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Monday, February 12, 2024

February 12, 2024: AmericanStudying Love Songs: “At Last”

[I know it might not be very 2024 of me to say, but love is in the air, and not just because it’s Valentine’s week. If you’re feeling it too, or maybe if you need a little help getting into the V-Day spirit, this week I’ll quickly highlight the AmericanStudies stories behind a handful of our great past love songs, leading to a special post on current ones that have hit my heart. Add your Valentine’s tunes in comments, please!]

For most of us, Etta James’ “At Last” (1960) is the quintessential wedding song, a timeless expression of what it means to finally find the love we’ve been seeking. I’m not here to challenge that perspective—wouldn’t be very Valentine’s week of me!—but rather to remind us that behind even the most timeless tunes are some specific contexts and histories, details and stories that can only enhance our appreciation of the art. In the case of “At Last,” that certainly includes James’ own striking, fraught, and ultimately moving and inspiring life story, an arc that reminds us that finding what we seek—and then choosing and celebrating it when we do—is a daily and lifelong goal. But it also includes the song’s multiple and very telling 20th century histories—its origins as a performance by the Glenn Miller orchestra for the 1941 film Sun Valley Serenade; its subsequent release on a 1942 “Victory Disc” from the U.S. War Department; and its numerous versions beyond James’, including a 1952 release from Miller’s trumpeter Ray Anthony that was the highest-charting version before James made it her own.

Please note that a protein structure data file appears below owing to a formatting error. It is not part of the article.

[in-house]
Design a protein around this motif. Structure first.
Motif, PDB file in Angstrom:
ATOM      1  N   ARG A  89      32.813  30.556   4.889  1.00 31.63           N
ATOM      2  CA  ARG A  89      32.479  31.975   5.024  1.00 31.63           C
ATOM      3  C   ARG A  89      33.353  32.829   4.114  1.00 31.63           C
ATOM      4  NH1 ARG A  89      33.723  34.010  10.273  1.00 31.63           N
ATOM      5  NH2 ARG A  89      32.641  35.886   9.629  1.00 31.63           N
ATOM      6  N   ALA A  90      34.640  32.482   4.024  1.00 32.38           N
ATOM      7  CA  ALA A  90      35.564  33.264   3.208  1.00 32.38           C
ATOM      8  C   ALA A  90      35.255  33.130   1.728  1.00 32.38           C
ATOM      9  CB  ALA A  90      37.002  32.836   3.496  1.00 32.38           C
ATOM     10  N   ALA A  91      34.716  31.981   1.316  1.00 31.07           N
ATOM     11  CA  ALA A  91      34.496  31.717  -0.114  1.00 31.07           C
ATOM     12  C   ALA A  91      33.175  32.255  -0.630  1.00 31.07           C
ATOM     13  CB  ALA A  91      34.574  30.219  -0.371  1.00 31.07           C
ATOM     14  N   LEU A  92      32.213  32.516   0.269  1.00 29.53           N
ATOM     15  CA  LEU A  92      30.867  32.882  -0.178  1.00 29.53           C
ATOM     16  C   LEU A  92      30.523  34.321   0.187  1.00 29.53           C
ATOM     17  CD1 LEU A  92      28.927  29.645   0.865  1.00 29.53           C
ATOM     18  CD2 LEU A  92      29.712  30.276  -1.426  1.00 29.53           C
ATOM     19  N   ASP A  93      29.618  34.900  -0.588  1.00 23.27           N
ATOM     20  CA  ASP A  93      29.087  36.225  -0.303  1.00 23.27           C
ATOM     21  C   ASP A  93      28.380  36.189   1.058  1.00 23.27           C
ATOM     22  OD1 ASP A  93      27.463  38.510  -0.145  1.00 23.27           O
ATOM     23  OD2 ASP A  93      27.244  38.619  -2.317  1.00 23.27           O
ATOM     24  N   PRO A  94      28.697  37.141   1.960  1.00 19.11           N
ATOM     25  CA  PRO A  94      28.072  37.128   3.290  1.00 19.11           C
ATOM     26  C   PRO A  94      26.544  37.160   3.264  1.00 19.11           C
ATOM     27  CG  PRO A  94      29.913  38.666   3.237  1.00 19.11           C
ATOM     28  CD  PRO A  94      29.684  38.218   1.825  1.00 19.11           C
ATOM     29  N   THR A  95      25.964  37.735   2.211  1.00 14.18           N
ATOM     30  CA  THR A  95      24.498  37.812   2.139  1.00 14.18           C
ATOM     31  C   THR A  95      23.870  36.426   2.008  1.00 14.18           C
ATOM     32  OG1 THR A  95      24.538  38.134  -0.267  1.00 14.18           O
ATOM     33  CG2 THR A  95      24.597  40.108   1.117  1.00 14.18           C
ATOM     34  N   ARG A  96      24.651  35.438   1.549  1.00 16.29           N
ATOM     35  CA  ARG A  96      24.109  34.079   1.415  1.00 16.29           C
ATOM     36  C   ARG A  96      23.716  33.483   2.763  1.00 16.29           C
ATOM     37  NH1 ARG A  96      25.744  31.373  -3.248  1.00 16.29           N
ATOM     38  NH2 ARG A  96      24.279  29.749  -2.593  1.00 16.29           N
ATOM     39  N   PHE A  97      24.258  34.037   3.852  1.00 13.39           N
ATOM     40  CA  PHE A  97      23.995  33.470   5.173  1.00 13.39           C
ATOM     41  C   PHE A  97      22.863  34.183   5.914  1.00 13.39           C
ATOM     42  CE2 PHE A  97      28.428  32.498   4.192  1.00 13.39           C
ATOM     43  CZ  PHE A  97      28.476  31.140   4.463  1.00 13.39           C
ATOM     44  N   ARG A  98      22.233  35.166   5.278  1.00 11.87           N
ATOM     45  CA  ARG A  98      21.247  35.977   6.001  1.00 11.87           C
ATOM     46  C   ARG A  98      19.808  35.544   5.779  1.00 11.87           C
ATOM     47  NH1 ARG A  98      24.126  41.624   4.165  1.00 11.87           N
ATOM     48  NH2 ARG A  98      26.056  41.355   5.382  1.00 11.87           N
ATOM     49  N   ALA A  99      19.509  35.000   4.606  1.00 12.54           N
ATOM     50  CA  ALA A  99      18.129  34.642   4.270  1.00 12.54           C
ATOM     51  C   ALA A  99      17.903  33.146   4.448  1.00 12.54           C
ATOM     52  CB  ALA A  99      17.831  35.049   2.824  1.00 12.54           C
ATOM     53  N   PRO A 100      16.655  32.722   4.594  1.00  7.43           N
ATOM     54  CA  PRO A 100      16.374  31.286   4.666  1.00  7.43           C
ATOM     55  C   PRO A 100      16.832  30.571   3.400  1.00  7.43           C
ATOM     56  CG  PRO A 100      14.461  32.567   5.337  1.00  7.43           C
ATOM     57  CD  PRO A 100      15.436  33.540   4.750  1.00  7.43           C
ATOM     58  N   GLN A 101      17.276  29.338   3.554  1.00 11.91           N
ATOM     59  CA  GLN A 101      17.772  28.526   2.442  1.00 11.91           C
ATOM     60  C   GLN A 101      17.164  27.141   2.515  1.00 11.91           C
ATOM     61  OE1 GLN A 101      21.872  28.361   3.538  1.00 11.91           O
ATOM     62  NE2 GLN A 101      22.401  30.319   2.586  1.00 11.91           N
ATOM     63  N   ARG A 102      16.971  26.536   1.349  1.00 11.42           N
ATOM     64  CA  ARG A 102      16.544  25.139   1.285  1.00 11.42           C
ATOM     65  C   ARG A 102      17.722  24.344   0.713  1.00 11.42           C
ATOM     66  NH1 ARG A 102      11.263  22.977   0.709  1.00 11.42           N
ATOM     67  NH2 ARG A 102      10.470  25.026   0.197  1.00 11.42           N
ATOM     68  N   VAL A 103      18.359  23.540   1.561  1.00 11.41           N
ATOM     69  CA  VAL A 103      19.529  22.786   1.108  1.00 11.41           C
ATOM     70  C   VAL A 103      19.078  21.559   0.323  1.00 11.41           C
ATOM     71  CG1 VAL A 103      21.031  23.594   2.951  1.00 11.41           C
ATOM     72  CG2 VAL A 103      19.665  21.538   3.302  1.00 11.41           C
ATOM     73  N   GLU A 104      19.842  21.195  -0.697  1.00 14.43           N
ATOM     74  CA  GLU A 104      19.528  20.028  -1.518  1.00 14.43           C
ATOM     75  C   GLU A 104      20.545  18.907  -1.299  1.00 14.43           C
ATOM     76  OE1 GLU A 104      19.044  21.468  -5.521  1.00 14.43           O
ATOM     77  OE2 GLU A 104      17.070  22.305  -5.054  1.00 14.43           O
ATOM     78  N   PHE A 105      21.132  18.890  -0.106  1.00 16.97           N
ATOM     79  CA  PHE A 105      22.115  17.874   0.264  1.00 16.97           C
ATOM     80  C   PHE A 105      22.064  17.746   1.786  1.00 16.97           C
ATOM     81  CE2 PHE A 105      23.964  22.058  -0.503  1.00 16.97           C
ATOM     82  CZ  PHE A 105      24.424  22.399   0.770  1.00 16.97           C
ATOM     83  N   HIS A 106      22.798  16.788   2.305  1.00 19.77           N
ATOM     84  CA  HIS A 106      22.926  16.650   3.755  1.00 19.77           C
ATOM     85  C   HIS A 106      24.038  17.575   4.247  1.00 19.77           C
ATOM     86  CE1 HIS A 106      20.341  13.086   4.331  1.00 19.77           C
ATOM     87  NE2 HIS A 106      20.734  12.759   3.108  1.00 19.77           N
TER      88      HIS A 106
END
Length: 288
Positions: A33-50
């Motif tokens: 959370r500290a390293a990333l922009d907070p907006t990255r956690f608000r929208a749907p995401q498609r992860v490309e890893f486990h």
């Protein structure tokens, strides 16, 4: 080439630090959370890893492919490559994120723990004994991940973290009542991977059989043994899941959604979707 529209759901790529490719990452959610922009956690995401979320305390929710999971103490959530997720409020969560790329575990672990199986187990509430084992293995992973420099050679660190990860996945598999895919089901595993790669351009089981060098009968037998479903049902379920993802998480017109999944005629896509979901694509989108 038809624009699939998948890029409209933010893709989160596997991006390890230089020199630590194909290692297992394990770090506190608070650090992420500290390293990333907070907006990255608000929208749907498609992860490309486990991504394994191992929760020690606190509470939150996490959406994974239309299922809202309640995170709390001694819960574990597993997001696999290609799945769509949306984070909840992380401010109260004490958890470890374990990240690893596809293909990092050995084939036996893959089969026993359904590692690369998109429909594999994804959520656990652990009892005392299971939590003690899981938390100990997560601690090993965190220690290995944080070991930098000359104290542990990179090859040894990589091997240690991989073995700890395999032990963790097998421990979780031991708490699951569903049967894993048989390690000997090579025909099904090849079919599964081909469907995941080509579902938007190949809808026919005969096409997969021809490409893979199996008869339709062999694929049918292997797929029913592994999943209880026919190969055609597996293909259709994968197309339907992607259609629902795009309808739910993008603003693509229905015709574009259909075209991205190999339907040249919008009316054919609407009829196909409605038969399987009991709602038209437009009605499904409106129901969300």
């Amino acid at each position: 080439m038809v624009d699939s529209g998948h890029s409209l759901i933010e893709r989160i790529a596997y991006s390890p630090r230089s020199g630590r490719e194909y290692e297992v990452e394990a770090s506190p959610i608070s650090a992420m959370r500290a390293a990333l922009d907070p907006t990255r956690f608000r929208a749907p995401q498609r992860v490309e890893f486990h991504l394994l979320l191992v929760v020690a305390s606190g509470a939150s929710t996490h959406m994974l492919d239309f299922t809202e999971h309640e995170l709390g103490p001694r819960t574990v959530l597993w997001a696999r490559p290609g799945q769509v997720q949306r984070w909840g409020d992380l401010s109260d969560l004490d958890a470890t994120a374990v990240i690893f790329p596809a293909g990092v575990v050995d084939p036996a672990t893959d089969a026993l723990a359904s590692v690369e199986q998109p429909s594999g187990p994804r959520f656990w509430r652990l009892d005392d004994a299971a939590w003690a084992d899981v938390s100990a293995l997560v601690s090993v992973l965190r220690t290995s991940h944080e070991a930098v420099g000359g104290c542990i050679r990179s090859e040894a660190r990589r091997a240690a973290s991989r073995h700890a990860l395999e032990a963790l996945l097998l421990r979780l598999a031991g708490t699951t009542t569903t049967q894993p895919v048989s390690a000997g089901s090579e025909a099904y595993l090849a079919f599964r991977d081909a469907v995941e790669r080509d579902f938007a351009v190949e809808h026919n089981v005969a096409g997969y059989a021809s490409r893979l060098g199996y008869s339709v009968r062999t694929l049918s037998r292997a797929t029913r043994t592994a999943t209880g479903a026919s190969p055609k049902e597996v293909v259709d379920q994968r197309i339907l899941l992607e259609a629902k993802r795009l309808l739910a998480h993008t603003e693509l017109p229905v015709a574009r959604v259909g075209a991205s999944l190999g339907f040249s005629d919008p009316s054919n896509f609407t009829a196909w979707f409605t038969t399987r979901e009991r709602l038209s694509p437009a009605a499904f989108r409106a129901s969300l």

Next love song tomorrow,


PS. What do you think? Other love songs you’d AmericanStudy?

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